Take it to the Max
Let an artist loose on a Victorian refurb and what do you get? A colour explosion with buckets of style, that's what. Ciara Elliott visits the London home of Wexford illustrator Carol Maxwell
Buying the right house is so often about luck. And just like anything in life, sometimes you think that luck might have passed you by, when suddenly you get a second chance. This was the case for Irish illustrator Carol Maxwell and partner Tom, and their two boys. They had upped their bid on their dream house twice, only to lose out to a higher bidder. Then they got 'the call'.
"Three weeks after I had given up all hope, the estate agent rang to say the original offer had fallen through and were we still interested. Of course, I snapped their hand off. From the moment we had viewed it we had fallen for all of the original features such as the hallway, staircase and coving and then the panelled roof in one of the reception rooms. I also loved the view through the kitchen and out to the garden. We knew it was right for us and our needs."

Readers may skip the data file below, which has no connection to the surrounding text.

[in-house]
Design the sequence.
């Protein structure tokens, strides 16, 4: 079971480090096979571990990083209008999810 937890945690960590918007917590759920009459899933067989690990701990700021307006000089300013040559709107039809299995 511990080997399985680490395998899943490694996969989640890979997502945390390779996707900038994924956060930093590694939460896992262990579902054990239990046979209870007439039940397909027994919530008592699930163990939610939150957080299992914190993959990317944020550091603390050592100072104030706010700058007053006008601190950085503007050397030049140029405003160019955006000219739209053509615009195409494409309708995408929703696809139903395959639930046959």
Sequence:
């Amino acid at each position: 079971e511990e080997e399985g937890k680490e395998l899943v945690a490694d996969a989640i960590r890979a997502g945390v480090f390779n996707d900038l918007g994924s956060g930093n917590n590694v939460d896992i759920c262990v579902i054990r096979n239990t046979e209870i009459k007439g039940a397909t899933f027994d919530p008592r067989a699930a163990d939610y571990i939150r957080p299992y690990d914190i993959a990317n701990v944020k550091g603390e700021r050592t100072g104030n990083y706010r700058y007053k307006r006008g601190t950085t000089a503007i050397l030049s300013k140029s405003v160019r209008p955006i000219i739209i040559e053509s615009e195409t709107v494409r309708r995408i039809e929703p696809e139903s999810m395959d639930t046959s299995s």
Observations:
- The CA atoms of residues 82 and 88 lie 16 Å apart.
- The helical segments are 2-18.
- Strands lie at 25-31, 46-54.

It was a long way from home for Carol who grew up in Tara Hill, just outside Gorey in Co Wexford. She graduated in 2002 from the National College of Art and Design in Dublin with a BA in printed textiles. After exhibiting at the prestigious New Designers show in Islington, she was offered a placement in a London print studio. "I came for a month and never moved back," she says.
As luck would have it, too, Carol's dad is a builder back in Gorey. "He often drives over through the night and stays for a few weeks at a time to do work for us in the house. He is a legend!" says Carol.
They got to work renovating the Victorian semi in Forest Hill in south-east London, remodelling the kitchen and knocking through three small rooms on the first floor to make one large family bathroom and guest room. They also did a loft conversion to create two new bedrooms and an en suite upstairs.
"After the loft was finished, my dad redid the whole floor, stairs and landing up to and including the loft. He tiled the hallway floor with geometric tiles after he lay a concrete foundation. We then re-painted the hallway in Farrow & Ball 'Railings', including the woodwork and the stairs. Above the dado rail, we used 'Peignoir', also by Farrow & Ball. The carpet and runner is from Carpetright (carpetright.co.uk) and we got [the edges] whipped in bright green."